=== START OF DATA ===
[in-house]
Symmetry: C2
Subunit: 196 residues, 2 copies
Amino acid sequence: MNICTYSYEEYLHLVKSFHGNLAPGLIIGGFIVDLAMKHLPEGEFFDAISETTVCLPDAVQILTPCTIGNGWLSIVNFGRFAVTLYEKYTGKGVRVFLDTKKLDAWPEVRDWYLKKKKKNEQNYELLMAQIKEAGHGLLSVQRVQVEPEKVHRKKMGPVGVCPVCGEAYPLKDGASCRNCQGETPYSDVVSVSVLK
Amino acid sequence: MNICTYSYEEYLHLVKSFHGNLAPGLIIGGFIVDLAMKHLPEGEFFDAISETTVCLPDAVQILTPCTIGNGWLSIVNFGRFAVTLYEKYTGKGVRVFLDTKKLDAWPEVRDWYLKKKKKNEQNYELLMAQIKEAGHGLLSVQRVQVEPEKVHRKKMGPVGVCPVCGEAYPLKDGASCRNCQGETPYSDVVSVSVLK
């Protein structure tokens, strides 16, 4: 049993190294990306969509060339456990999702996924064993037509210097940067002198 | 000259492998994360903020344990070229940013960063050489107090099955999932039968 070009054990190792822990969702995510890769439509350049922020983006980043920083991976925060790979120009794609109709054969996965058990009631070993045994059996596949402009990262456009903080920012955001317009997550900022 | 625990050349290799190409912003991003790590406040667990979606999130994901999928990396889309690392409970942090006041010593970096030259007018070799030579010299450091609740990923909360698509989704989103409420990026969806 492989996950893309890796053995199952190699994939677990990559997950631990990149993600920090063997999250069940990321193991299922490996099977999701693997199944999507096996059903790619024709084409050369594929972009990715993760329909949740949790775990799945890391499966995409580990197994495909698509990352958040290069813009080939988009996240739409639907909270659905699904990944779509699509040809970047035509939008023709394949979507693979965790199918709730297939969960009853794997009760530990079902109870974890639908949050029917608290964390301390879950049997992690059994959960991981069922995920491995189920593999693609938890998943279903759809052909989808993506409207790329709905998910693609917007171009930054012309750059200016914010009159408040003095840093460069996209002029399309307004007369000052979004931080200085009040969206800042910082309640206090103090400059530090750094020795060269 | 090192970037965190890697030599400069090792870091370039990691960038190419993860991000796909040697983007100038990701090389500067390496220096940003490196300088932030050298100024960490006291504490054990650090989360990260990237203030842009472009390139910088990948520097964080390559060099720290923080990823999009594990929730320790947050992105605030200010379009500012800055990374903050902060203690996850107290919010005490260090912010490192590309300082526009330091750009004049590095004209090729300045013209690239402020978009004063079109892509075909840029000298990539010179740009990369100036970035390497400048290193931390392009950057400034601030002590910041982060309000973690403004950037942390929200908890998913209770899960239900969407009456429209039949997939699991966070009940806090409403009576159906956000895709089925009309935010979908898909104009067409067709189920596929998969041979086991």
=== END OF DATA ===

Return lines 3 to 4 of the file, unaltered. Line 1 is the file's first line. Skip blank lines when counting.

Subunit: 196 residues, 2 copies
Amino acid sequence: MNICTYSYEEYLHLVKSFHGNLAPGLIIGGFIVDLAMKHLPEGEFFDAISETTVCLPDAVQILTPCTIGNGWLSIVNFGRFAVTLYEKYTGKGVRVFLDTKKLDAWPEVRDWYLKKKKKNEQNYELLMAQIKEAGHGLLSVQRVQVEPEKVHRKKMGPVGVCPVCGEAYPLKDGASCRNCQGETPYSDVVSVSVLK